It’s almost laughable to call a show a ratings loser when it wins its timeslot. But analysts can’t help but notice the big drop in the ratings of the once unstoppable American Idol. Is the show simply running its course, is the genre too diluted, or could the emphasis on the judges be to blame?
Again, to be clear, it’s unfair to say the show is completely ‘tanking’ as one Boston columnist. It’s Wednesday night viewership, just over 14 million people, is mightily winning its timeslot. Modern Family was next at just shy of 11 million. And yet – folks behind the scenes are still devastated by the drop compared to years past. Winning the night is a victory, but it also happened to be the lowest Wednesday demo rating since 2002. And last week, Idol was actually beaten out by CBS Comedies.
It’s not a stretch to say that the pool of Talent shows are starting to blend together. Somewhere in Hollywood there is a set designer trying to make a judges table look uniquely different than the last one they designed. The Voice has those spinning chairs, nice touch. America’s Got Talent has the fancy X’s to milk for all they’re worth. X Factor, well, that might have had a cool pencil holder. I’m not sure.
Idol’s new judges, Mariah Carey, Nicki Minaj and Keith Urban haven’t seemed to generate the excitement they had hoped for. Early in the series’ life, judge banter and bickering was seemingly innocent and cute. When Simon Cowell and Paula Abdul (whom Fox has reportedly considered trying to bring back next year for a big showstopping final season) seemed to genuinely like each other, their commentary on the singers was peppered with minor snipes, but it still kept the focus squarely on honoring the best performances. With Minaj and Carey, it seems the focus is suddenly one of petty disagreements for the sake of ego.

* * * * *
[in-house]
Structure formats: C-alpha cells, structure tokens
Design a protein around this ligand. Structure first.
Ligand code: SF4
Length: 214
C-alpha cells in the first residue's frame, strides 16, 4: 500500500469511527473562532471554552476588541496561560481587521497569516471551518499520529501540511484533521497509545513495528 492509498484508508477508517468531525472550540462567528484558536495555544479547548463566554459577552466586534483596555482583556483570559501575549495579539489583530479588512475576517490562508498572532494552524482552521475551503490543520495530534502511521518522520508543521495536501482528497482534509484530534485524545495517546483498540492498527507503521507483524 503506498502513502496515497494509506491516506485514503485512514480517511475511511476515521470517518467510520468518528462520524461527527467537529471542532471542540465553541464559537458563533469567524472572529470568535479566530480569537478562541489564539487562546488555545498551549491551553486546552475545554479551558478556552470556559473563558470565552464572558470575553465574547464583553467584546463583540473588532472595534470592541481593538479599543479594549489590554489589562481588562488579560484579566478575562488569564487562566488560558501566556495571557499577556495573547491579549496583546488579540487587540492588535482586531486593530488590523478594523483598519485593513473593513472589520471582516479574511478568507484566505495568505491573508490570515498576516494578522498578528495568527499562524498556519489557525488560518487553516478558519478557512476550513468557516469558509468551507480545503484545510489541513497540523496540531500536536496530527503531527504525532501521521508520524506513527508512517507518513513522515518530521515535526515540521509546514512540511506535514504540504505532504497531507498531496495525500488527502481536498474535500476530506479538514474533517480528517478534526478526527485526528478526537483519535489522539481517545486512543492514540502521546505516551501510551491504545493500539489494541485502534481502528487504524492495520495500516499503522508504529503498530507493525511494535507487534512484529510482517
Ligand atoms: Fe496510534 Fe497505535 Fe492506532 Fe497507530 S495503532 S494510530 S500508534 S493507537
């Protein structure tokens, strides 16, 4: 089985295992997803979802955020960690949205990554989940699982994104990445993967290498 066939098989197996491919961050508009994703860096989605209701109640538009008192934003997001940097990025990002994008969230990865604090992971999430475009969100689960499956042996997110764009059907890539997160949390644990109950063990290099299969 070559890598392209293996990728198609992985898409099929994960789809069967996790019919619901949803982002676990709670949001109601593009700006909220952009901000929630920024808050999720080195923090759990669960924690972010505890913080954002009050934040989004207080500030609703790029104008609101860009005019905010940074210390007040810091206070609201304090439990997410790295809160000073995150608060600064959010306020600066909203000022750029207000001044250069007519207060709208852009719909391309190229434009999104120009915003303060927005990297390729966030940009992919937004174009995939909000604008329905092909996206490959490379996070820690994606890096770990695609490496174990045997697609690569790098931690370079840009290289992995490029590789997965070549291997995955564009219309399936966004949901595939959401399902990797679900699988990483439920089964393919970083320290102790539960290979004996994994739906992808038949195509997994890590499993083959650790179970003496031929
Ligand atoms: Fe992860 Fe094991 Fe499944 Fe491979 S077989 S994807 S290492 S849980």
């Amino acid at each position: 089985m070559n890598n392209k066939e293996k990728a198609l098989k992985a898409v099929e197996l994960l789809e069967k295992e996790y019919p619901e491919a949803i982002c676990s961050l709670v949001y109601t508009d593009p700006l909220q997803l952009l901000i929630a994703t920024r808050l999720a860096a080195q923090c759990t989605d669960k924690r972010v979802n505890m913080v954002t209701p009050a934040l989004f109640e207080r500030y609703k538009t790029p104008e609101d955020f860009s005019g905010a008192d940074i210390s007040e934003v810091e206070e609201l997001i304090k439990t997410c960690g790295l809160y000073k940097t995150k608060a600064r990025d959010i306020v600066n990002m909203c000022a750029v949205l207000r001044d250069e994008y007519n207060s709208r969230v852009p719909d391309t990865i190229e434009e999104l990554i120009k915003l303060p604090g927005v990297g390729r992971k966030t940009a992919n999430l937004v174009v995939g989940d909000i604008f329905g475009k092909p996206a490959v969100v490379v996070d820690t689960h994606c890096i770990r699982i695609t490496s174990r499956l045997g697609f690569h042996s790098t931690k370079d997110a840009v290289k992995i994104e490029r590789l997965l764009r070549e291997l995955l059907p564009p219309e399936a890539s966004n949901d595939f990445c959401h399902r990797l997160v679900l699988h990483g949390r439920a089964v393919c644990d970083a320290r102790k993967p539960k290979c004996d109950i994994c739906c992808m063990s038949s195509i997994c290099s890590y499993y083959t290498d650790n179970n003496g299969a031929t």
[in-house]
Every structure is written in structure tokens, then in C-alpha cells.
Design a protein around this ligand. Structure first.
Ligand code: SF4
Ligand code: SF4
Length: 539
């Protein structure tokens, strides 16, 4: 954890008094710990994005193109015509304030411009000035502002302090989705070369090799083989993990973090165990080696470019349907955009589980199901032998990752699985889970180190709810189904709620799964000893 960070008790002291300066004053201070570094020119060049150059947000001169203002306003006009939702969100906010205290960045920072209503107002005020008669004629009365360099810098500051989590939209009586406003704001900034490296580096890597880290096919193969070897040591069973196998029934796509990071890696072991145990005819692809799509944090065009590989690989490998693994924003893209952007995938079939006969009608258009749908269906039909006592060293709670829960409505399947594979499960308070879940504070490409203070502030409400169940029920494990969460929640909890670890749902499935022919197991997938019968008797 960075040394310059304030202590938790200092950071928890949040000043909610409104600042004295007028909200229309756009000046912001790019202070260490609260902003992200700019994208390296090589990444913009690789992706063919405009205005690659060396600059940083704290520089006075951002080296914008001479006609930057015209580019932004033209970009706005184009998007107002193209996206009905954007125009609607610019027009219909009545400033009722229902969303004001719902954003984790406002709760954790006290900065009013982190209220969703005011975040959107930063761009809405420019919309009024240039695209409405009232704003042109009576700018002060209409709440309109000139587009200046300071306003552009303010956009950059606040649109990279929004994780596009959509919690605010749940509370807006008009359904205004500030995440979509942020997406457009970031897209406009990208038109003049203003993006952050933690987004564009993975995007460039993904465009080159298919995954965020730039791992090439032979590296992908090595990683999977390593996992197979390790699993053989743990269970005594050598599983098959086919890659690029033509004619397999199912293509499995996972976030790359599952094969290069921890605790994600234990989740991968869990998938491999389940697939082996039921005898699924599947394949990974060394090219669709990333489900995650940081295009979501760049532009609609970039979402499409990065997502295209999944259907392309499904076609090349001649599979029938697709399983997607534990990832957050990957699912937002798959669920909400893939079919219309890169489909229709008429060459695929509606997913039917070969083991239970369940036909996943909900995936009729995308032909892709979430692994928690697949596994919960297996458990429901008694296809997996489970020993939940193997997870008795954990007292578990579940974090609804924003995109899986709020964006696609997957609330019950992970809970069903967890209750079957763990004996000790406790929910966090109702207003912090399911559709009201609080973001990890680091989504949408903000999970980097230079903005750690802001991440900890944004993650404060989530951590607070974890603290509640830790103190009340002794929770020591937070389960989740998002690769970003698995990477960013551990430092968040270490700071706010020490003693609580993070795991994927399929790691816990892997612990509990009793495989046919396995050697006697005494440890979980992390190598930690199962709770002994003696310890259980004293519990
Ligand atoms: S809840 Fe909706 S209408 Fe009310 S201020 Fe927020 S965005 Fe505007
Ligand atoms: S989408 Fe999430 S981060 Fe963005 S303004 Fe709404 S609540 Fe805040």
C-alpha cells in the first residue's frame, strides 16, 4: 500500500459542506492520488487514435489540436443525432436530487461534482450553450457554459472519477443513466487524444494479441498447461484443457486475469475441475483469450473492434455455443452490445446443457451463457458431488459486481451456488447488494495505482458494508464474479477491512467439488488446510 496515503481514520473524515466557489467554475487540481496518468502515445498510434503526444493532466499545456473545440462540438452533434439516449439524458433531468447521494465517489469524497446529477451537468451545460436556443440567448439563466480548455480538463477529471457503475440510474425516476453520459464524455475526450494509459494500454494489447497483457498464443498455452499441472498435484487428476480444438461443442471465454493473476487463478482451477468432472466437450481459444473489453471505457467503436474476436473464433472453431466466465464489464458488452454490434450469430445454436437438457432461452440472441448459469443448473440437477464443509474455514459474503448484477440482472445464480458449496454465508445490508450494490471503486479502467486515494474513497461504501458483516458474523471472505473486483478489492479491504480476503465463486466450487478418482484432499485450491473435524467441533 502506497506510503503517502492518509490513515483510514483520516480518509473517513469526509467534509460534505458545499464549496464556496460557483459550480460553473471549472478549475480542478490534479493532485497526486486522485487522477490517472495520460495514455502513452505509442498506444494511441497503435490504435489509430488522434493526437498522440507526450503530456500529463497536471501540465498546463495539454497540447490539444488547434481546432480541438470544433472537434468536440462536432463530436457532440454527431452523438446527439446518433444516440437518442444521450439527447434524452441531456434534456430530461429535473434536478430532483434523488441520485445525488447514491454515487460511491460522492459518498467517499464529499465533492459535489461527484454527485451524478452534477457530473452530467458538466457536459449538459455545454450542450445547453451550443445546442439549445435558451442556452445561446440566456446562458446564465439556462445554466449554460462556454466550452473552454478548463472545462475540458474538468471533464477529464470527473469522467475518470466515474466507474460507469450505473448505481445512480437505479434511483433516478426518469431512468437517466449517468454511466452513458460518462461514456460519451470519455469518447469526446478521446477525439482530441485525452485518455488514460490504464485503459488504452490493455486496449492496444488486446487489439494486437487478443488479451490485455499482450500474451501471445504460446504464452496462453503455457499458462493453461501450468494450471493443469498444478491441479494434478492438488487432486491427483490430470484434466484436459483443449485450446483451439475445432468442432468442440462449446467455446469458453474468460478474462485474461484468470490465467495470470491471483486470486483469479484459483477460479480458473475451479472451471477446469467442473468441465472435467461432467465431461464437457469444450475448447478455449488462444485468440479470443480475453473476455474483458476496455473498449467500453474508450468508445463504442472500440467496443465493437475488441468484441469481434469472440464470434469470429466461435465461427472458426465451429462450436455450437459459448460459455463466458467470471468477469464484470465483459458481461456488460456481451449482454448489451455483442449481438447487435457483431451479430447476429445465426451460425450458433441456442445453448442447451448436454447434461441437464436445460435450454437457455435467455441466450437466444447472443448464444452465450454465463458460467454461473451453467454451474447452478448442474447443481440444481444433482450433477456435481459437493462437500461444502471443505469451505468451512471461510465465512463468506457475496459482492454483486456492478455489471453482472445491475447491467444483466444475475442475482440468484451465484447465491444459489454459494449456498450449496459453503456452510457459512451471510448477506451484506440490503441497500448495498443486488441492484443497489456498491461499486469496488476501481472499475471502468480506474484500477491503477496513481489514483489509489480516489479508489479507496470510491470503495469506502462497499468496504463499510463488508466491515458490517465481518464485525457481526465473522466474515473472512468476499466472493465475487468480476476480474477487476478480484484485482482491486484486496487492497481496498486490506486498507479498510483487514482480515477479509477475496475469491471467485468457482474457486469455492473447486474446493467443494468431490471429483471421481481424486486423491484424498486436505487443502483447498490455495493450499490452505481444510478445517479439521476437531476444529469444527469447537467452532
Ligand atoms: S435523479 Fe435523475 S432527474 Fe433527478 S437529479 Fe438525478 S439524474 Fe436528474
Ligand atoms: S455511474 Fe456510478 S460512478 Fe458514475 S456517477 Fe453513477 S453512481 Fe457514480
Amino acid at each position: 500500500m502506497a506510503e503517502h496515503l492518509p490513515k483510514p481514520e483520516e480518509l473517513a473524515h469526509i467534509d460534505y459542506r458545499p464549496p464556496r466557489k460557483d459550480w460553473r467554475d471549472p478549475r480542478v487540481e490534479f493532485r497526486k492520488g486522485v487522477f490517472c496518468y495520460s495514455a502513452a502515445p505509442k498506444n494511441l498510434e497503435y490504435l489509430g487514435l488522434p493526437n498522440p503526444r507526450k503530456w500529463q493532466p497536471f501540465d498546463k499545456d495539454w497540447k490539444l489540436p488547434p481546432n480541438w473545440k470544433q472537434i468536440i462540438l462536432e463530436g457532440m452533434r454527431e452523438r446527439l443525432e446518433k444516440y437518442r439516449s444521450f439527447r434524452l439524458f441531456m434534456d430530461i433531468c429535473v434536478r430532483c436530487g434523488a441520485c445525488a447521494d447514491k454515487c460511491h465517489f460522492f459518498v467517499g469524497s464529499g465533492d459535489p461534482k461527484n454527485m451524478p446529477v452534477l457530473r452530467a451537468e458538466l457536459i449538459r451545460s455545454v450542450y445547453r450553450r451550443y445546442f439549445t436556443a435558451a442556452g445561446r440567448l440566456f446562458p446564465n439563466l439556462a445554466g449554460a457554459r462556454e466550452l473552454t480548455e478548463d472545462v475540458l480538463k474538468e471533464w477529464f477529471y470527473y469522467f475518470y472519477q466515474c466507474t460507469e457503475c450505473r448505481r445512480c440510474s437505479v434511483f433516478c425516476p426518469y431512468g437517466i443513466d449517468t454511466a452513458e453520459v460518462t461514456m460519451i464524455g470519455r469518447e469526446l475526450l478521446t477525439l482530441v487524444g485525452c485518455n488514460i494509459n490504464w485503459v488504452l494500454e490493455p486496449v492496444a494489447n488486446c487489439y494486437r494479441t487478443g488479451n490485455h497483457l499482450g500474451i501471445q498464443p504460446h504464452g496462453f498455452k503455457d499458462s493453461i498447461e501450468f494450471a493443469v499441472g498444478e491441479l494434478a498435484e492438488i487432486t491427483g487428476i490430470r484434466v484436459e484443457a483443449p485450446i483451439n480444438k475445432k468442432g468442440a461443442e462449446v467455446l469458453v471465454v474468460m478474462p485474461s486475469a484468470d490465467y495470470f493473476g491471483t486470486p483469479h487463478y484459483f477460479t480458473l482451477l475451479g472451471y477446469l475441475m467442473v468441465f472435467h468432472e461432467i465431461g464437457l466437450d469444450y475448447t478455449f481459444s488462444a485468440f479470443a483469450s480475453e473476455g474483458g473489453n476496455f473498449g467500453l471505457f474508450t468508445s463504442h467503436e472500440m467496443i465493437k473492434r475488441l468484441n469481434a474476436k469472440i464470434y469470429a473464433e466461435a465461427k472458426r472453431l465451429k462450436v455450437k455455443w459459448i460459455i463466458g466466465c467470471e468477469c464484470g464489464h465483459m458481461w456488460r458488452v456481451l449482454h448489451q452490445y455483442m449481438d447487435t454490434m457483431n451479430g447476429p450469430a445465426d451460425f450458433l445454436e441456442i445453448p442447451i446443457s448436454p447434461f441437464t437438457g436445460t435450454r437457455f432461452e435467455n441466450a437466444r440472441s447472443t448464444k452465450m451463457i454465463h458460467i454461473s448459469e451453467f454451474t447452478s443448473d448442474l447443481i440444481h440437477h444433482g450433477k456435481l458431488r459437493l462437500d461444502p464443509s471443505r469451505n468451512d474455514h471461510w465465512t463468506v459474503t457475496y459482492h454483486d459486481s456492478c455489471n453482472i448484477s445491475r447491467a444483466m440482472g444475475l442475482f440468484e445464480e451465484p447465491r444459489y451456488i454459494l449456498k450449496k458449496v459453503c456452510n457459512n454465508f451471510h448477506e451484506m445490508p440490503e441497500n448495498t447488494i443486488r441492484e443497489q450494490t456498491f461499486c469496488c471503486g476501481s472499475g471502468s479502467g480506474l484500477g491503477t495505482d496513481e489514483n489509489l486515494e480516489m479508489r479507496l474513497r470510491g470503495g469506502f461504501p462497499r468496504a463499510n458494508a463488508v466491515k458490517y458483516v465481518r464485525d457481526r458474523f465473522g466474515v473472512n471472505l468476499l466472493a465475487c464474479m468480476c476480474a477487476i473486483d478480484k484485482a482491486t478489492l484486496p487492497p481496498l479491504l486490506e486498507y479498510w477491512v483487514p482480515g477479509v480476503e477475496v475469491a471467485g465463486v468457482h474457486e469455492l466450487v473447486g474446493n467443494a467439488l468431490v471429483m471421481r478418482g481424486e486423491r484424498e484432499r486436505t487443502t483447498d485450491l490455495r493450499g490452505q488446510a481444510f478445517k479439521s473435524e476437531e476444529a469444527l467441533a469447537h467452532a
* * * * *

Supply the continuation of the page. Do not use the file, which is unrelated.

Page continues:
And yet, it may be unfair to blame the judges alone. The genre itself needs to be shaken up. Rip up the show rundown yuo’ve used for the past twelve years (yes, its been that long) and shake it up a little. Try something different. Change the structure. Lose the ridiculously bad ‘how did they get in here they’re so awful’ character auditions, and leave us wondering what unexpected twist could come this week.
Or, accept that until less attention is paid to circus act judging panels and phoning in the ‘same show different day’ structure, the numbers will continue to slide.